United States, Istanbul, Joel Simon discussed on Forum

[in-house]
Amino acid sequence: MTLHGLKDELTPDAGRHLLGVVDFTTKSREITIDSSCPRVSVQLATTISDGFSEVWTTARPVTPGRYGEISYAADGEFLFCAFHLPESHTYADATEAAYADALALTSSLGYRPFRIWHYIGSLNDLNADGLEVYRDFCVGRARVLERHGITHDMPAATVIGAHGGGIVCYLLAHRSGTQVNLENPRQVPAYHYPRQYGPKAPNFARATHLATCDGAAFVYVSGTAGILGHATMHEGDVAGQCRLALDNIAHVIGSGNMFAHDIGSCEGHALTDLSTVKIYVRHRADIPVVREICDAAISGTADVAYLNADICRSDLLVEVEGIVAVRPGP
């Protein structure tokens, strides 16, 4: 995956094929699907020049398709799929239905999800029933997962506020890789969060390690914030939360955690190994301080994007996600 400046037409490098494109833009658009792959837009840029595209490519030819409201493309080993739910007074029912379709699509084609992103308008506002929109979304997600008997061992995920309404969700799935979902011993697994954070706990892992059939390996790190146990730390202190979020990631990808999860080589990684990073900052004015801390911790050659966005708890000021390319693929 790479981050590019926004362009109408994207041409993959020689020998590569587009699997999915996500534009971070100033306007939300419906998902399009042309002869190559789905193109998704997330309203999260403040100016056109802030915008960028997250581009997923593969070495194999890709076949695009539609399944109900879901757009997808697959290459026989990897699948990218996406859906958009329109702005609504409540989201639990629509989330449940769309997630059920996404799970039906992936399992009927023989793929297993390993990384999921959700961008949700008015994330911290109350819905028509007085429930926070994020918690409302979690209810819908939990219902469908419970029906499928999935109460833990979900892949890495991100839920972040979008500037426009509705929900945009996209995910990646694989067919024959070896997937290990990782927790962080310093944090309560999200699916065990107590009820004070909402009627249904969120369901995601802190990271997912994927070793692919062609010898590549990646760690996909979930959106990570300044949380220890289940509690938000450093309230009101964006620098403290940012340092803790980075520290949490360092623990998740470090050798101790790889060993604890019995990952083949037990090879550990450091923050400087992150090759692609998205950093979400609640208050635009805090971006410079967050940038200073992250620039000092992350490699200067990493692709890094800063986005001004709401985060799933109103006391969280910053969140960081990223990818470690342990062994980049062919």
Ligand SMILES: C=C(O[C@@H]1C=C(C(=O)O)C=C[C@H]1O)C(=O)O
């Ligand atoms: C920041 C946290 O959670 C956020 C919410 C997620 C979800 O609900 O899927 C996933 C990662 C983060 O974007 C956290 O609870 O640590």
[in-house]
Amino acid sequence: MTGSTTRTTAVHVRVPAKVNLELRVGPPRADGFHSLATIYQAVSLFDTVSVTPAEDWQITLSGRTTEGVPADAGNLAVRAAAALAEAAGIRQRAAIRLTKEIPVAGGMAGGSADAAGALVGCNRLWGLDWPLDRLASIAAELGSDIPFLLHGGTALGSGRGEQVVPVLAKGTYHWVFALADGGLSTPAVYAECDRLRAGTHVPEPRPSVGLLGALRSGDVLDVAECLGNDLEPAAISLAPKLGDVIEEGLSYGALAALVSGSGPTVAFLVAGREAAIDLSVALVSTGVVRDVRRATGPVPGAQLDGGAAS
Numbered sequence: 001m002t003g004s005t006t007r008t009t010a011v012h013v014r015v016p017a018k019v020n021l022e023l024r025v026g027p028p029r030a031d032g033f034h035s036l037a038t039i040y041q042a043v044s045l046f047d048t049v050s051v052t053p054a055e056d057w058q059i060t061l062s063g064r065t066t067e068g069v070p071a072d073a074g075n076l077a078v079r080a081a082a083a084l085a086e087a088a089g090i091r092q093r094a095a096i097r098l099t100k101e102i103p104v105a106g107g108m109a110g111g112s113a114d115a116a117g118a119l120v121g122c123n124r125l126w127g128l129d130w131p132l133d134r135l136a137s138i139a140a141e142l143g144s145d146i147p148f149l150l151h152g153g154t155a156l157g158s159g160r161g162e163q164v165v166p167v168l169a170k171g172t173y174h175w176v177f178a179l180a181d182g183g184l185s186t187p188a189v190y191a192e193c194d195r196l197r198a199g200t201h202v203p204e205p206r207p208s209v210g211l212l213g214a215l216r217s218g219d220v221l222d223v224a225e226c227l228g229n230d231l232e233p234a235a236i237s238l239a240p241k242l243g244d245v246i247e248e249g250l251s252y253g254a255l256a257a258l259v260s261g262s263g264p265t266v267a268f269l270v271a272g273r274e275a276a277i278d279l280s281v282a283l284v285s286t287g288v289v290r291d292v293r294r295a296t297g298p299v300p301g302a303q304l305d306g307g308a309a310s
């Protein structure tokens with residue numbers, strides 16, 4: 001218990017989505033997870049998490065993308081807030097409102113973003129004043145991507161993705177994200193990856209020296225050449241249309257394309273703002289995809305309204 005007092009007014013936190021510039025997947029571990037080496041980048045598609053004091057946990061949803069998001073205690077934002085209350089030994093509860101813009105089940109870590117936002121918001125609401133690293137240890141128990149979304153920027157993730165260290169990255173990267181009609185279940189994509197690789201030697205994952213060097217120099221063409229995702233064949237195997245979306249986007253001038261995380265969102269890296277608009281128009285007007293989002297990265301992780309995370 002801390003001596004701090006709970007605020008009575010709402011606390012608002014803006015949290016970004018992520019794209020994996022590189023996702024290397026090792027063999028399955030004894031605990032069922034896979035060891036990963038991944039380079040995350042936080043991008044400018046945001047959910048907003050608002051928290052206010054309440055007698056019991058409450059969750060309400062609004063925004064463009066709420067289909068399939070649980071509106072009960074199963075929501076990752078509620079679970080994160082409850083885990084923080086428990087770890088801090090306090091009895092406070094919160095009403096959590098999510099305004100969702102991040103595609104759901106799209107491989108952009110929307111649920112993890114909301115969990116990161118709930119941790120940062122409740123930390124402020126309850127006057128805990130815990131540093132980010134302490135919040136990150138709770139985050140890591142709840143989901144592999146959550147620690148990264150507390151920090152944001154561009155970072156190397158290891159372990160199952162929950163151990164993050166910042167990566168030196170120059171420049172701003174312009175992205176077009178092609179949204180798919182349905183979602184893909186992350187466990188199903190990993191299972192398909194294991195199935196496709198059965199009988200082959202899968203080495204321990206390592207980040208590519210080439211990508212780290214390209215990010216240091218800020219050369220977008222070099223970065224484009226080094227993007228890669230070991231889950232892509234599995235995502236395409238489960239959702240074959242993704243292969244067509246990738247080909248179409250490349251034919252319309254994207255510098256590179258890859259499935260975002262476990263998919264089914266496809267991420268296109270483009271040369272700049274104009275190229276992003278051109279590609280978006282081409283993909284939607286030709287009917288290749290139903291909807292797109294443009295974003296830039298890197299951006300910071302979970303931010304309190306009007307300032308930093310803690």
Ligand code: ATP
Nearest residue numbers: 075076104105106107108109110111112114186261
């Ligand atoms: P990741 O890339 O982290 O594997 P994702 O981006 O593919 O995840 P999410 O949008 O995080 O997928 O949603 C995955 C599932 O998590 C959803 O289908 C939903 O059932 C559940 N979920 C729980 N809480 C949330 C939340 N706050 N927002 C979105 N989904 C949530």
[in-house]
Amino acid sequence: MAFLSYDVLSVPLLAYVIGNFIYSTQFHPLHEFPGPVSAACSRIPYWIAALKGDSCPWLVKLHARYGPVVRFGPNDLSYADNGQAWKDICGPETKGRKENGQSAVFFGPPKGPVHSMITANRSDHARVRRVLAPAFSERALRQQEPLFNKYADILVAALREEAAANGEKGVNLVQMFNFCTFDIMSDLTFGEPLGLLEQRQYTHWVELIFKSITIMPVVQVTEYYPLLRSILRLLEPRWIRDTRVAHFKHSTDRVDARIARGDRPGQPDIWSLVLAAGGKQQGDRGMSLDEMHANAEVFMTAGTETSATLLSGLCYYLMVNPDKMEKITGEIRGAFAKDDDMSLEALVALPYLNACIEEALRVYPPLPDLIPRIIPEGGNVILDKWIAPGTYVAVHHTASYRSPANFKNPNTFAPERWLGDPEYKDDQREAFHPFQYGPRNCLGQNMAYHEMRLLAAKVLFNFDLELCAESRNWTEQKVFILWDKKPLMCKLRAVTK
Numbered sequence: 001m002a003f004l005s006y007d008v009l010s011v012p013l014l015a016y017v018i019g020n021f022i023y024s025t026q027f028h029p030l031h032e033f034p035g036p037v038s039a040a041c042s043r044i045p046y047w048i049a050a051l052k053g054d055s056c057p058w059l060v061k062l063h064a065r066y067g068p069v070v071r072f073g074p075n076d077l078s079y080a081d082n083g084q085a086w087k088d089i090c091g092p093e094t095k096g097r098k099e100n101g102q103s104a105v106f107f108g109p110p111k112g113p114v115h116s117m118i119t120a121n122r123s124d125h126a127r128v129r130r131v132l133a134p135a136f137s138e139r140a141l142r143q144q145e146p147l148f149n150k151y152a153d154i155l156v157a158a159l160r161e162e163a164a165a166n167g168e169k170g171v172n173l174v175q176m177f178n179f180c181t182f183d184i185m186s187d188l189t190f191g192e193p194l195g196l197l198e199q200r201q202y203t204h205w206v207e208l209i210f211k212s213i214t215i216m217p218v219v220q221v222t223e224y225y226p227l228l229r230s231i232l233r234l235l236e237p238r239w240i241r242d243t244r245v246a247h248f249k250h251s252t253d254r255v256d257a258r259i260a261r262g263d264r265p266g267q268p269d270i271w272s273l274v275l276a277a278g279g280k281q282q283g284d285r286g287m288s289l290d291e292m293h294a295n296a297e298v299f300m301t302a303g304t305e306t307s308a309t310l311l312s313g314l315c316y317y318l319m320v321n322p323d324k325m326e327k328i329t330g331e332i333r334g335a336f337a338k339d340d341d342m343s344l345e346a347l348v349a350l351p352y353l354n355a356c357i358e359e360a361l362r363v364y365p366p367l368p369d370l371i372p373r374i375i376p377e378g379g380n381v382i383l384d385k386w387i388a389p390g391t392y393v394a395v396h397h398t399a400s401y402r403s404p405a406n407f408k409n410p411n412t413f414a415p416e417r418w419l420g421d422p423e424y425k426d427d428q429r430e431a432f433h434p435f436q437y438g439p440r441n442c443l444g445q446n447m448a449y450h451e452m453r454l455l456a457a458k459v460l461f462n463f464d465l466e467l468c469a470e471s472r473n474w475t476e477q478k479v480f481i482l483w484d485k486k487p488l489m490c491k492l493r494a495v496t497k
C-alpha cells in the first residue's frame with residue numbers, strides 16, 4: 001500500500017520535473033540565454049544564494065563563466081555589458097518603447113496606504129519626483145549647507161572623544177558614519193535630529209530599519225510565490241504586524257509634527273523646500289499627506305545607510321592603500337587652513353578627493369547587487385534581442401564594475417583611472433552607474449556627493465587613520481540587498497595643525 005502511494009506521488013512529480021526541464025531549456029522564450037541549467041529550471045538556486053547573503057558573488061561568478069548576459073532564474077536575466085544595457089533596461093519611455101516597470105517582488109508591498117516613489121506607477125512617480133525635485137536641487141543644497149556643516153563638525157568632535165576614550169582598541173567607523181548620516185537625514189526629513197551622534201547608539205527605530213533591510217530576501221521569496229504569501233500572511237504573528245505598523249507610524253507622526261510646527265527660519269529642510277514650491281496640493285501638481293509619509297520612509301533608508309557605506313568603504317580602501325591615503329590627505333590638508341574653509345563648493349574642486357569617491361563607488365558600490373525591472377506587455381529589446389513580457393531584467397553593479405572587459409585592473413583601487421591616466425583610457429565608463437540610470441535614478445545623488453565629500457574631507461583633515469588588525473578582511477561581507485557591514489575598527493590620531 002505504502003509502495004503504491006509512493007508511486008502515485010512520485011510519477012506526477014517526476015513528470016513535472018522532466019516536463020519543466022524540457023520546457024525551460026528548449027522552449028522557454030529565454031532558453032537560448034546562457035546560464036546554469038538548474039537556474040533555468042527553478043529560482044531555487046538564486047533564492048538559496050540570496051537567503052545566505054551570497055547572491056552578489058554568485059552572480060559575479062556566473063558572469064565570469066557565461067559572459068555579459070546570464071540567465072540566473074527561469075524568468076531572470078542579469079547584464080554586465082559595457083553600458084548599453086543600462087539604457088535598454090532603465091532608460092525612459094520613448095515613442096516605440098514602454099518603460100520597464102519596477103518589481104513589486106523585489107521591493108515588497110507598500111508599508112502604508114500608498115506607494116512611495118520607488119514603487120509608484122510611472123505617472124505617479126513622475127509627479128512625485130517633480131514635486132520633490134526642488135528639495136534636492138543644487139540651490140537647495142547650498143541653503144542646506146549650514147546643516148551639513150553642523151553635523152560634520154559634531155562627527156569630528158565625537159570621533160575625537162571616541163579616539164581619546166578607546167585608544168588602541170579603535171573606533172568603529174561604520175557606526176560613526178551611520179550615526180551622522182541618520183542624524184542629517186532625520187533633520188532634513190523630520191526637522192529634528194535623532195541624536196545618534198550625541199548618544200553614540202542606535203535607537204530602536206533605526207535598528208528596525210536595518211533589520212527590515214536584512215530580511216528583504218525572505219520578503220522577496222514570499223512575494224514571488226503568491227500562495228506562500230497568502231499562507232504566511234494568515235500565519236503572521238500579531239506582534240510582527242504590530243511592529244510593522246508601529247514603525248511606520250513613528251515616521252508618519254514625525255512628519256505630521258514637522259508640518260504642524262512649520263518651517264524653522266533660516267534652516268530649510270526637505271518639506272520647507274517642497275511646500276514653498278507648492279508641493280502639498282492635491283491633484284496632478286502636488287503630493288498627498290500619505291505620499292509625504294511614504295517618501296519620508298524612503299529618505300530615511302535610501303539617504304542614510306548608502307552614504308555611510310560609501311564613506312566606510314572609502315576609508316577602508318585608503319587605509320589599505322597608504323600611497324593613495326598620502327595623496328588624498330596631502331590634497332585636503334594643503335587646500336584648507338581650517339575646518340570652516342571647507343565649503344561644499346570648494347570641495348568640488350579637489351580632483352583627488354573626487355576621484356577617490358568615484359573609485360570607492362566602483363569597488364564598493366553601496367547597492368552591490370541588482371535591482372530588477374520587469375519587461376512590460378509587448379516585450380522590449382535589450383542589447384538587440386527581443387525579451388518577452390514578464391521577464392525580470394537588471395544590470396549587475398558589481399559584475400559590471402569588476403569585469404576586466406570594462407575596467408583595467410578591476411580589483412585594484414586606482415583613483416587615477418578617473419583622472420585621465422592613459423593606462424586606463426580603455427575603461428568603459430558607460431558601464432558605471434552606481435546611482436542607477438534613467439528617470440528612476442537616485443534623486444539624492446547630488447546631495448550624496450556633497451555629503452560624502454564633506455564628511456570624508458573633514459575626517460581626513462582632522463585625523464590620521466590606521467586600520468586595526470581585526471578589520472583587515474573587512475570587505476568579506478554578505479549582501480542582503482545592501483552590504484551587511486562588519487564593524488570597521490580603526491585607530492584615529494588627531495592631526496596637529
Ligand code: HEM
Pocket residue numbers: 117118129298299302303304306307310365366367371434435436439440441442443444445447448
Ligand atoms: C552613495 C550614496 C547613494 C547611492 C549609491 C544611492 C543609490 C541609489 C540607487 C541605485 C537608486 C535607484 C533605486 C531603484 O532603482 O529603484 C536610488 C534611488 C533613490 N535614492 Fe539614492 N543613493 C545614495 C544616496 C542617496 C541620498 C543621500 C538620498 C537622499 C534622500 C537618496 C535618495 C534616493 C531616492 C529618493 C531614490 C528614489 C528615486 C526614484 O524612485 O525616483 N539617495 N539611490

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This fake news framework that started after he became president and an enemies of people his latest framework for attacking journalists is calling them the opposition. And it's all very dangerous. It's dangerous. I don't think it inhibits individual journalists. And I I think that that that you know, we're seeing a lot of great reporting. But it, but it undermines public confidence in the media, and it has a terrible. And the other thing that concerns me is inspires people online who are threatening and even sending a letter bombs to journalists. But but more importantly, I think it's disempowers autocrats around the world this fake news. Framing is a gift autocratic leaders, and you know, in the Philippines, for example. President territory. There is calling critical journalists, you know, fake news there, there's there's actually trying to get a fake news law on the books there. Basically, the argument there is well, you just talk about fake news. But I'm doing something about it. If you know, I'm gonna put you in jail who published news that idea to be fake. So it's having terrible consequences around the world in terms of strengthening the, you know, the repressive leaders in providing them with a new framework to justify crackdowns on the media. Wanna ask you about the Washington Post journalist, Jamal kashogi? Yeah. Who was murdered of course in the Soviet in the Saudi consulate in Istanbul. Your group. I believe is suing the yes. As for records, rather talk talk about that. Yeah. So so we're working with the knights center of Columbia would recently joined a lawsuit basically the under US law. The US government has what's called a duty to warn. So if a US person is there's a there's a threat against a US person that the intelligence services become aware of they have to let them know. And we believe based on circumstantial evidence that there was an awareness within the intelligence community of the threat. Two. Jamaica Shoji this includes alleged reports of text messages exchanged between Jared, Kushner and Hamad bin Salman, the crown prince of Saudi Arabia prior to tobacco. She's visit to the consulate in Istanbul where he was subsequently murdered and dismembered. So there's some some evidence that you know. You know, there was an awareness that that he was at risk and he was not worn. So we filed a we're we're we're we're we're potentially suing the US government to compel them to make public. This information to to answer the question of whether they complied with this legal requirement likely is that you think that they will comply? I'm a journalist. I'm not a lawyer. So I'll leave it to the lawyers to to answer that question. I mean, I think we we have a strong case. But I think that really we on one of the reasons you file a lawsuit. Like, this is you know, you hope to win. But you also want to make the point. And so whether we win or not I think it's important that we we we make express concern in this way. You know, one thing I want to mention about the case sort of. Interesting development is the UN a special rapid sure on a force disappearances is actually her name. Her name is kinda Mark. And she is actually in. Istanbul now carrying out a investigation into the crime. So that's good that there continues to be international attention, and we're hoping alternately that the UN secretary general gets behind an international investigation. They're they're not that many clear paths the Justice. But that's a critical step. Got some listener comments here. Richard Wright's sad. But isn't this? Also, the problem of being a citizen of a world superpower, your guests talks about other countries. But those countries are countries, which do not have the same geopolitical position. Yeah. I mean, I think there's there's you know, there's there's a there's a a case to be made. I mean, I think that part of it is that we discussed this with with Cam who called in from India. You know, the US should've geo political posture in the world creates complexities. But again, if you look at the data, and you look at who's kidnapped you realize just how complex this crime is, you know, Turkish citizens are kidnapped and. People from Latin America, and and of course, most of kidnapping domestic so international kidnappings a relatively small set. Of the overall the overall number. But, but you know, it is it is a very complex crime and motivations are very earth. Always variable. Which is why I think it's really critical that we knock it locked into a narrow policy framework, but have the broadest and most flexible policy possible, another comment here listener asks can you speak the hostage exchanges. Good policy for the United States to be in the business of using humans in exchange for other people. Well, this is this is a nasty business. You know? So so, you know, sometimes I kind of at the end of the book, I look at you know, how how do we look at this issue as an ethical issue is it a political issue is it a policy issue and the ethics of ransom payments, and and and and exchanges. It's coercive. It's a course of strategy. So the goal of the kidnappers to compel people to do things that are contrary to their values and principles. So you always have to kind of look at it from that perspective, but I will say the prisoner exchanges under the Geneva conventions are specifically contemplated, and that the US doesn't gauge in prisoner exchanges. When their service personnel are taken captive in the context of an armed conflict, and people may remember the Bowe bergdahl case the soldier who wandered off the base in Afghanistan was taken hostage by the Taliban and the US released five prisoners from Guantanamo for his freedom. And I should point out that if if if you were journalist or aid worker, there would have been known negotiation. The Taleban is a designated terror group said it would have been no negotiation. It's only because he was a service member that there was although the Lear court him. Well, yeah. I mean, the question is not whether he deserves to be punished. Yeah. The question is what is the policy? What how do we gauge when these terrible things happen? You're listening to form Joel Simon from the committee to protect journalists is appearing tonight at the World Affairs Council tonight at six thirty. This is a fundraising period for Katie public radio. For more information about how to support go to key community dot org. I'm Scott Shafer. And let's go back to the phones. Now, Timothy you're next. Welcome. Yes. Mr. Simon mentioning the forty three missing in Mexico makes people think of the alleged story of massad right after nine eleven attacking the congress in Mexico that was just very much hushed up. Some people have said there's a lot of Masada activity in Mexico in that the forty three and many journalists in Mexico were tracked using the massad software Pegasus could you comment on that? And also in DC, the investigative journalist who mysteriously died, Jan j n Moore who is investigating Clinton's sex crimes. Joel Simon you wear that one. No, I'm not aware of that one. There's an I think that's I don't want to comment on it because I'm not aware of it. But I will talk about you know, the. I think I think the the the the point that I certainly can't talk about is the Pegasus software. And so basically, this is a software developed by an Israeli security firm that when it's implanted on your your phone, basically takes over your phone, and we know that the Mexican government purchases the software and used it to try, and and some cases successfully compromise the communication of journalists and other activists as a very powerful tool, but I I would commend to readers a new story today from from Reuters about a new program that was just it's a really it's a it's an important story that was happening in the United Arab Emirates that involved a former US NSA, an NSA employees who were working for the Emirati government using new software that actually all you needed was the phone number. The thing about this. Pegasus software is you needed to click on a link with this with this new software, which is. This is a new development if they just have your phone number. They can basically take over your phone. And so everyone is vulnerable journalists, particularly, and there was a there was a an example in the story. That was published today by Reuters. I'm a British journalist who was a target. But you know, phones are increasingly insecure they're finding new back doors every day. It's a big concern for Oregon station for journalists and for other vulnerable populations. Who who rely on these devices to communicate our apple, and you know, other phone makers of a working it's sort of interfere with that kind of software. Well, I mean, I I think when they become aware of it. I mean, these are these are very very sophisticated. Technologies that are developed by governments for these precise purpose of of of espionage. So, you know, it's a cat and mouse. But I always assume that my phone's not secure and that no not I I try I try and engage in best practice. I worry a lot about this. But at the end of the day, I don't have complete confidence that I can security information on my phone, and I believe that most journalists were doing, you know, high risk kinds of work have share these concerns and Dan's all, our producer puts up. A just short a headline from the New York Times today at reeds apple was slow to act on FaceTime bug that allows iphones which is another. Yeah. That that was even like a kind of that was not developed by some spy agency that was that was detected by teenager who. Mom, tried to try to alert. A alert apple. There was a problem that was a problem and was very slow to act. So imagine how they how they react. When there's when there's a kind of back door created by government intelligence agency, trying to sneak one more call in Dan in Santa Clara. You're next. Good morning have a larger question. Maybe you could help me with the whether there's a correlation between the lack of standing in the American public mine and the Nydia in the media in general, and I'm gonna ask you to be quick because we're coming up at the end of the I'm sorry and the ease with which. Journalists are targeted around the world. And to what degree the media is to blame particularly cable news by becoming infotainment which happened long before Trump. Yeah. Thank you. Joe? I think I'm going to put that into a global perspective because that's my job. And I will say is this, you know, if you look at places like Venezuela. If you look at places like Turkey, if you look at places like Russia, you know, when the media is perceived as a political actor, they're much more vulnerable to systematic government repression. So I would you have a free media when you don't have the government controlling the media, and you have other forces determining what the media does. And you know, there's lots of reasons to be critical, and, you know, I'm not suggesting that the government should somehow intervene at regulate the media, but I will say that media performance in my experience correlates with greater repression because the public has to feel they have a stake in the press freedom battle, and if they don't then the media's more vulnerable. All right, Joel Simon is new book is called we want to negotiate the secret world of kidnapping, hostages and ransom. He's appearing tonight at six thirty at the World Affairs Council. Thanks so much for coming in very important topic. Thanks for bringing it to light. Thanks for having me. I'm Scott Shafer here today for Michael Krasny. Thanks so much for listening for participating with your calls and your emails will be back. Funds for the production of forum are provided by the members of E D public radio and the.